"The best way to predict your future is to create it." Abraham Lincoln

Lincoln High School Statesman

"The best way to predict your future is to create it." Abraham Lincoln

Lincoln High School Statesman

"The best way to predict your future is to create it." Abraham Lincoln

Lincoln High School Statesman

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An ode to the village

While+the+saying+most+definitely+applies+in+aspects+surrounding+parenting%2C+%E2%80%9Cit+takes+a+village%E2%80%9D+can+apply+to+each+individual%E2%80%99s+every+day.+%28Artwork+by+Laura+Heckenlaible%29
While the saying most definitely applies in aspects surrounding parenting, “it takes a village” can apply to each individual’s every day. (Artwork by Laura Heckenlaible)

It is a tale as old as time, a historical saying that has prevailed over generations and led cultures all over the world. The saying “it takes a village” has been around for decades, but among my recent findings it has begun to resurface. Where does this saying originate? What does it truly mean? How does it remain true in people’s lives today? The story is so much more beautiful than one can imagine. These very four words may unlock a way of thinking that is crucial when it comes to navigating life at any age.
This story came about in no particular manner. As I read poems and short stories for class, listened to podcasts or had conversations with others, the saying “it takes a village” kept weaving into the topic at hand. I continued to hear it and, in turn, I became able to apply it to all aspects of life. While I understood the meaning of the saying, I wanted to know more. I began to wonder how this saying was even established.
The saying gained popularity in 1995 when the first lady at the time, Hilary Clinton, released a book titled, “It Takes a Village.” Her book was centered around parenting and ultimately displayed her hopes for children in America. The book explores the idea that society and community play a large role in shaping children. The publishing company, Simon and Schuster, wrote that this book “tells the heartwarming and universal story of a diverse community coming together to make a difference.” Clinton’s book, “It Takes a Village” was raved about by many and in a time of change brought about a different view on raising children. While Clinton’s book gave rise to the saying, “it takes a village” originally stems from an African proverb that states that it takes a community of people (a “village”) to provide safety, health and happiness for children as they grow. The said “village” can thoroughly support a child thus greatly setting them up to flourish as they grow. Similar sayings that mean relatively the same can be found in many different cultures such as from Nigerian Igbo, Lunyoro, Kijita and Kihaya.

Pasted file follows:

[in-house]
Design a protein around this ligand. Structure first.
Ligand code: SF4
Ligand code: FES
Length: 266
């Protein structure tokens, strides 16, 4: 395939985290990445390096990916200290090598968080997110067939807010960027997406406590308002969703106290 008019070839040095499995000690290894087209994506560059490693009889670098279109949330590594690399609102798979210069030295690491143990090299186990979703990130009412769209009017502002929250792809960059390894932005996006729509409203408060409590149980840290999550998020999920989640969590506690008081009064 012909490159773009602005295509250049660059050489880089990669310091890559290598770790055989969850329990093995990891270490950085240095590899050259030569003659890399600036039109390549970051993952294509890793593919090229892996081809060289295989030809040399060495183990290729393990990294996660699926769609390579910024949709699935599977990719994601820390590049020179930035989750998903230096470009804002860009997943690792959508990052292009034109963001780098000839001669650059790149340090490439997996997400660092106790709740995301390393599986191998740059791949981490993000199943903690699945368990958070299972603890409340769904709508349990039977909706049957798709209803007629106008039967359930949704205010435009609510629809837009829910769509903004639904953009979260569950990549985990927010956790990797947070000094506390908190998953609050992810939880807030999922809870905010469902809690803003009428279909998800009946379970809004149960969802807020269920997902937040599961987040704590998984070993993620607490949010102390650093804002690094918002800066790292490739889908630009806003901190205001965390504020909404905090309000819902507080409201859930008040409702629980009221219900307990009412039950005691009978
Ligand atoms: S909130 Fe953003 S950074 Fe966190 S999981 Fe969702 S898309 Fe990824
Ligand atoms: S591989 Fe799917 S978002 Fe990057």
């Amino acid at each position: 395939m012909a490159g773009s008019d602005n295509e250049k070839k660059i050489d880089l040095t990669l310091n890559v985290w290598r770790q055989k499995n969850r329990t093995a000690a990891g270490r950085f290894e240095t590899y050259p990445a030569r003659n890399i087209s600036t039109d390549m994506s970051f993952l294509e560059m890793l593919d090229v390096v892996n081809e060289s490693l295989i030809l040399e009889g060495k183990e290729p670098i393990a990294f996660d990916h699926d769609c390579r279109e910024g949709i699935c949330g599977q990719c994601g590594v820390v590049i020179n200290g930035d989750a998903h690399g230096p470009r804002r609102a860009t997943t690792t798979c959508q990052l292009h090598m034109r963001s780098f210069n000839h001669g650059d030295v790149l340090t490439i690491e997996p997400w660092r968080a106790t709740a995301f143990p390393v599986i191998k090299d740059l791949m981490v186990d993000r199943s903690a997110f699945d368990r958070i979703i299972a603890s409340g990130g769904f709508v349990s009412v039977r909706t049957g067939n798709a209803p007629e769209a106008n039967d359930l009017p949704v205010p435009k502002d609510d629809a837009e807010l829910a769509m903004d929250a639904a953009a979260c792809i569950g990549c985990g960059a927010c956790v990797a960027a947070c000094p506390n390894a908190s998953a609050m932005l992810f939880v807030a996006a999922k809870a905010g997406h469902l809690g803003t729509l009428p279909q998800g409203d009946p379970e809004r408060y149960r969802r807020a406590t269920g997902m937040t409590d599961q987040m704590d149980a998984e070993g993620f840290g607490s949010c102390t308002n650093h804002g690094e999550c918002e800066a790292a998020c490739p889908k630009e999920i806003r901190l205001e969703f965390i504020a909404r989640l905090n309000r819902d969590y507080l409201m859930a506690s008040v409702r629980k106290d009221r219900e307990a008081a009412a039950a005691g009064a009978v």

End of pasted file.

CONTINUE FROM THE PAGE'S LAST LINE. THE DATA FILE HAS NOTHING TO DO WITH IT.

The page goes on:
Nigerian Igbo: “Oran a azu nwa,” meaning “it takes a village or community to raise a child.”
Lunyoro: “Omwana takulila nju emoi,” meaning “a child does not grow up in a single home.”
Kijita: “Omwana ni wa bhone,” meaning “regardless of a child’s biological parents, its upbringing belongs to the community.”
Kihaya: “Omwana taba womoi,” meaning “a child belongs not to one parent or home”